Now that Docker is properly installed, let’s take a moment to change a few configurations, which will make Docker a little easier to use on a day-to-day basis. We’ll do the following:
- Enable Docker to start automatically after a reboot.
- Allow the non-root user to manage Docker.
In CentOS, Debian, and Ubuntu 16.04,
systemd is responsible for managing which services start when the system boots up. That means you can enable this with a single command.
$ sudo systemctl enable docker
By default, all Docker containers will start automatically upon a reboot, so once you have enabled the
docker service itself, you do not need to take any further steps. This means that any application you run via Docker will gracefully restart after boot, potentially minimizing downtime (as long as the services inside the container are set up to start at boot themselves).
In order to give our non-root user access to the Docker management commands, we need to create a
docker group (it may already be created for you), and then add your primary user to that group.
$ sudo groupadd docker $ sudo usermod -aG docker $USER
Log out of your VPS by typing
Ctrl+D and log back in. Then, you can test whether or not you can use the
docker command without prepending
$ docker run hello-world
Compose is a tool that helps simplify the configuration and deployment of Docker containers and applications by using an easy-to-read
.yaml file. In some cases, this will be easier than writing out a lengthy command for the shell prompt.
As of June 13, 2018,
1.21.2 is the newest version of
docker-compose. You may want to check the releases page to see if there’s a new version, and then replace the
1.21.2 in the command below with the newer version number.
$ sudo -i # curl -L https://github.com/docker/compose/releases/download/1.21.2/docker-compose-`uname -s`-`uname -m` -o /usr/local/bin/docker-compose # chmod +x /usr/local/bin/docker-compose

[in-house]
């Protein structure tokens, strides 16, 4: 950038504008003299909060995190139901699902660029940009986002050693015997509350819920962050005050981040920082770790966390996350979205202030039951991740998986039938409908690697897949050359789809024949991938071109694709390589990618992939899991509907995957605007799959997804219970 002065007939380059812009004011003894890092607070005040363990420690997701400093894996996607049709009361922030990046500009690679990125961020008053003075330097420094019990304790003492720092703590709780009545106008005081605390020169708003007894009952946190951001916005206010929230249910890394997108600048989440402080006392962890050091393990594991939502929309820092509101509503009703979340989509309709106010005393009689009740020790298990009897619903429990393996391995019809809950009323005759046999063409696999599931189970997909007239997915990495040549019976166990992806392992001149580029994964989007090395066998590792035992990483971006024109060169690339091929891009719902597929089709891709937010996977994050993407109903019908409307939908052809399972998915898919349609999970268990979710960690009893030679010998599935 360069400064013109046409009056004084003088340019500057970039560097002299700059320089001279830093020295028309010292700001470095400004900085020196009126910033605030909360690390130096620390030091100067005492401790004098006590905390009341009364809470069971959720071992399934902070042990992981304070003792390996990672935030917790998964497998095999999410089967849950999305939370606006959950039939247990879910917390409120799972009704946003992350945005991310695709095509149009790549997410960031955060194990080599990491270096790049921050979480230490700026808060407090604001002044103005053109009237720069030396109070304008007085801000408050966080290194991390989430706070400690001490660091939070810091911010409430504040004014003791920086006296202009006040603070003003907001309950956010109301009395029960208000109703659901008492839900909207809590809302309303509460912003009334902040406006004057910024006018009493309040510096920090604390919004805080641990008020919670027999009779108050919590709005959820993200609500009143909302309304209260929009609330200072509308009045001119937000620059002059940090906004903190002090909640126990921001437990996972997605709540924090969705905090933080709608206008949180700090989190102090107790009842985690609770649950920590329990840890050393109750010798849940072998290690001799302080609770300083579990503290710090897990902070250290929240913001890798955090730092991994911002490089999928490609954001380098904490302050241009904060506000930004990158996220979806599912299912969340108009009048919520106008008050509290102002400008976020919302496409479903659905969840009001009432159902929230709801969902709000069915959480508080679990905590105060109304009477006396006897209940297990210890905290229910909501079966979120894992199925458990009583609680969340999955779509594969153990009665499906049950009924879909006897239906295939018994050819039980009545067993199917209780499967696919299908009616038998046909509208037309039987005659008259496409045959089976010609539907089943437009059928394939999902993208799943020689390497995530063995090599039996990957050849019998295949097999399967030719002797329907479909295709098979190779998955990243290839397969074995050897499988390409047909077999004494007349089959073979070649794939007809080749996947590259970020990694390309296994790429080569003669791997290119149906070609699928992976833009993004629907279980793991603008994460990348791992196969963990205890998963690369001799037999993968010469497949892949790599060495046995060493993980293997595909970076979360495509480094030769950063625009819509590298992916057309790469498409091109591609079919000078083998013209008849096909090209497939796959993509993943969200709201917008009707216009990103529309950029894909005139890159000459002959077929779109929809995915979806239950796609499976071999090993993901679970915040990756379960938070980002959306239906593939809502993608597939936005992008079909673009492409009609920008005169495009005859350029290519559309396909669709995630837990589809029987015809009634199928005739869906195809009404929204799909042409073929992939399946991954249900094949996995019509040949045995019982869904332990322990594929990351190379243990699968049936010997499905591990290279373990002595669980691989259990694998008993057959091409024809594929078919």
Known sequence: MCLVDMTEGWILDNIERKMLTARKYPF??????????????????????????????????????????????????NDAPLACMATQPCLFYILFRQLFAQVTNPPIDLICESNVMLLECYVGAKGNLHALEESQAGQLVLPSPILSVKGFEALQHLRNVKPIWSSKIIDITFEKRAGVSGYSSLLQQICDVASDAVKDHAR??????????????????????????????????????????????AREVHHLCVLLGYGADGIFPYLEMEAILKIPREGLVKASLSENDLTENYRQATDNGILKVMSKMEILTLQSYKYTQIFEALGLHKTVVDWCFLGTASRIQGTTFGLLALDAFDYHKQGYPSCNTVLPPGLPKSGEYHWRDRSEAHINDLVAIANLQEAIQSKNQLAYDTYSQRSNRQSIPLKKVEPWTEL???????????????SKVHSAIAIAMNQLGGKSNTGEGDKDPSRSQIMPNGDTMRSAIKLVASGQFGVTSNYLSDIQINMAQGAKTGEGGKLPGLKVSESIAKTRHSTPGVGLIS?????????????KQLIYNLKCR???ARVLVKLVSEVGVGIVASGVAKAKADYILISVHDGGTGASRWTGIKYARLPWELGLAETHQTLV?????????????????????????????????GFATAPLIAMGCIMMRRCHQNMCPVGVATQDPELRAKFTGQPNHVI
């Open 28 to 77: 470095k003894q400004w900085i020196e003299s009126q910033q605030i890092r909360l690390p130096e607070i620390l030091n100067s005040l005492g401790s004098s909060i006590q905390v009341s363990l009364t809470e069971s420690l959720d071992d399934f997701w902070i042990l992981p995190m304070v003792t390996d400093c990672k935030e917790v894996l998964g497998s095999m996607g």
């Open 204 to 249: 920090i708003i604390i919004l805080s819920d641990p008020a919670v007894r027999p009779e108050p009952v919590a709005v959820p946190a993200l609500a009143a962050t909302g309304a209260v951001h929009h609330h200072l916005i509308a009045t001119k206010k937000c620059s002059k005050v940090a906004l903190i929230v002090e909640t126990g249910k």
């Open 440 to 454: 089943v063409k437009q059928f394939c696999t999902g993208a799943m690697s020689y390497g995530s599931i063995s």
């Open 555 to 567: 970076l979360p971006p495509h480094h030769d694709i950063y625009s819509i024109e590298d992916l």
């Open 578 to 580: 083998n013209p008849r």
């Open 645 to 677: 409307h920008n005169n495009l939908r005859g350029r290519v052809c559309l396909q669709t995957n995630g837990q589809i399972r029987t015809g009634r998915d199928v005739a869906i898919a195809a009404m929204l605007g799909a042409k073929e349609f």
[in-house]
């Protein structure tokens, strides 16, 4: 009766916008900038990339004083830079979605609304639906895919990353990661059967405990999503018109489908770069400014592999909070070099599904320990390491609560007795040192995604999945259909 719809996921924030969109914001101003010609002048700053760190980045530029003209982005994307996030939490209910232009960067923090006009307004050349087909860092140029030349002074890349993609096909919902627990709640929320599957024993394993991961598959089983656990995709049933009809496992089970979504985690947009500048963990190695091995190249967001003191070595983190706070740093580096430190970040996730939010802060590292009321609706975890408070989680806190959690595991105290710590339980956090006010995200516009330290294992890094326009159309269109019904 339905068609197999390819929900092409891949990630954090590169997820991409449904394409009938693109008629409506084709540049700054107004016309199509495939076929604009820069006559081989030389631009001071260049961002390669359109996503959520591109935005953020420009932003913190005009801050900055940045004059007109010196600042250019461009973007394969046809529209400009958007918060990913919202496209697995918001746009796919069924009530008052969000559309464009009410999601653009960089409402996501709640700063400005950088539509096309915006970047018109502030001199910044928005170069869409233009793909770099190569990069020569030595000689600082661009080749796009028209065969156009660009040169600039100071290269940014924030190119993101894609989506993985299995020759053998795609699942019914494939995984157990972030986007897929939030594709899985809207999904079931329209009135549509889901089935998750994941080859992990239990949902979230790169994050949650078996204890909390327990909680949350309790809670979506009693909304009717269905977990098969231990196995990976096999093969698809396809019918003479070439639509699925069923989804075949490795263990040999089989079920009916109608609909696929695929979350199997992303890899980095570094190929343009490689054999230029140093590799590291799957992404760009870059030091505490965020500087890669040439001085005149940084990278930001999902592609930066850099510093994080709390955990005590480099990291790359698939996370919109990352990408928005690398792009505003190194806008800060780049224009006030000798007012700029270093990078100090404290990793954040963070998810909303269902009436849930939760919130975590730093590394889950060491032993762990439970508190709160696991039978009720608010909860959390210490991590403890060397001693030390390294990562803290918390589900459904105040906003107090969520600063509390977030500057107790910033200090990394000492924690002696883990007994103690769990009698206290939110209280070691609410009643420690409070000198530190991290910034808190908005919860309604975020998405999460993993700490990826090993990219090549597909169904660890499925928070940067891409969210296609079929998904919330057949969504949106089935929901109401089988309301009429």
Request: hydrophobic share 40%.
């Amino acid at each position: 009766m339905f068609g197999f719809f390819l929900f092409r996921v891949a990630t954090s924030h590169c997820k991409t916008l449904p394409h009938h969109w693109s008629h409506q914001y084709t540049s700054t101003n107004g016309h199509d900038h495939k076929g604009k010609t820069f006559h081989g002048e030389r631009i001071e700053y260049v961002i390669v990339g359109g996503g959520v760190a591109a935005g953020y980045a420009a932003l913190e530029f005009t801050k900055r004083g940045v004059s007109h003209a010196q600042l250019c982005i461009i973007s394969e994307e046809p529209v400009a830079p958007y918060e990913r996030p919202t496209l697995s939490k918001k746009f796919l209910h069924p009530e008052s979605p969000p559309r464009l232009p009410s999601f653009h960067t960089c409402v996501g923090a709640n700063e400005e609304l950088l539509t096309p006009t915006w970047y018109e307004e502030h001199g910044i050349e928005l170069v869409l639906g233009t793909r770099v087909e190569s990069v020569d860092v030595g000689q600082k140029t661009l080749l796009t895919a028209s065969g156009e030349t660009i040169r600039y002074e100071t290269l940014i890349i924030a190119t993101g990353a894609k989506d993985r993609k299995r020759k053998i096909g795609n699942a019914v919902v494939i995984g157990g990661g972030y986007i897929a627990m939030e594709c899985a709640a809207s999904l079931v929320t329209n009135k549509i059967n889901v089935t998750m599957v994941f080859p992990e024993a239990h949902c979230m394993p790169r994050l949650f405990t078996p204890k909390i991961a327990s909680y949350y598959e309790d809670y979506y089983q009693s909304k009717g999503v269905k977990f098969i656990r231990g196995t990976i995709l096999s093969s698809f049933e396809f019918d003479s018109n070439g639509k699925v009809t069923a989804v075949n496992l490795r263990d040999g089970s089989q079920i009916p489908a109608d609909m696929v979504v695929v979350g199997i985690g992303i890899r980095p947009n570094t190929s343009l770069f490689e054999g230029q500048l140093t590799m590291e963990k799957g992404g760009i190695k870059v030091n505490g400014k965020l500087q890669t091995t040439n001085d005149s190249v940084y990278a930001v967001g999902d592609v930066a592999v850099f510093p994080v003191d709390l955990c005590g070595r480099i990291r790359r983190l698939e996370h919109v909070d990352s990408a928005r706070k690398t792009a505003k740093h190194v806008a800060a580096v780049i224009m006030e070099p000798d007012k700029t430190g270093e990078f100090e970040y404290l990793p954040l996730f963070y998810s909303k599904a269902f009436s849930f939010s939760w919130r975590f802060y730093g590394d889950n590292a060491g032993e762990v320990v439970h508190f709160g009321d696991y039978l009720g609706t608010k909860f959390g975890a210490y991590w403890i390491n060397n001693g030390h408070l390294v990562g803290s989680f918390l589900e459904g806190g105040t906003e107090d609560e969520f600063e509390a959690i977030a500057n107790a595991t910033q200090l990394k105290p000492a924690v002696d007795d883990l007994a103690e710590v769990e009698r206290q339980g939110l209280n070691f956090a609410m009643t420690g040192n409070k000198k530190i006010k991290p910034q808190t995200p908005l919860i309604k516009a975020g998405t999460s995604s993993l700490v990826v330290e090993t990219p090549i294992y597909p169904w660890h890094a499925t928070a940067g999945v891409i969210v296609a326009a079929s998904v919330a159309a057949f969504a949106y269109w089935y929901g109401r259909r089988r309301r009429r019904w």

Step 4. Testing Docker with a basic LAMP stack
Now we can get to the exciting bit—actually starting up some Docker containers running actual applications. No more
We’ll start by creating a very basic LAMP stack using the
php:apache container available from Docker. But, before that, let’s create a directory on the host to store our files, which we’ll link to the
/var/www/html directory within the container.
$ mkdir $HOME/apache && cd $HOME/apache
Then, we can create a small PHP file named
info.php that will display information about the PHP configuration. It’s a standard method of testing PHP-based installations.
$ printf '<?php\n phpinfo(); \n?>' > info.php
Finally, we have our
docker command. But, before you run it, check out the information just beneath the command so that you can understand exactly what it’s accomplishing.
$ docker run -d --name=apache -p 8080:80 -v $HOME/apache:/var/www/html php:apache
docker run specifies that we are going to create and start a new container, and the
-d option means we will “detach” from it, much the way one detaches from a
tmux session or an
ssh session. In cases where you want to immediately run commands inside the newly-created container, you can omit the
--name=apache to give the container a specific name. This is recommended, because your chosen names will be easier to manage and remember than the randomized defaults—comes in handy when you want to stop or delete a container.
-p 8080:80 will expose port
8080 to traffic arriving on the VPS, and will route that traffic to port 80 on the container. This makes it possible to expose different containers to different ports, and enable more complex configurations with an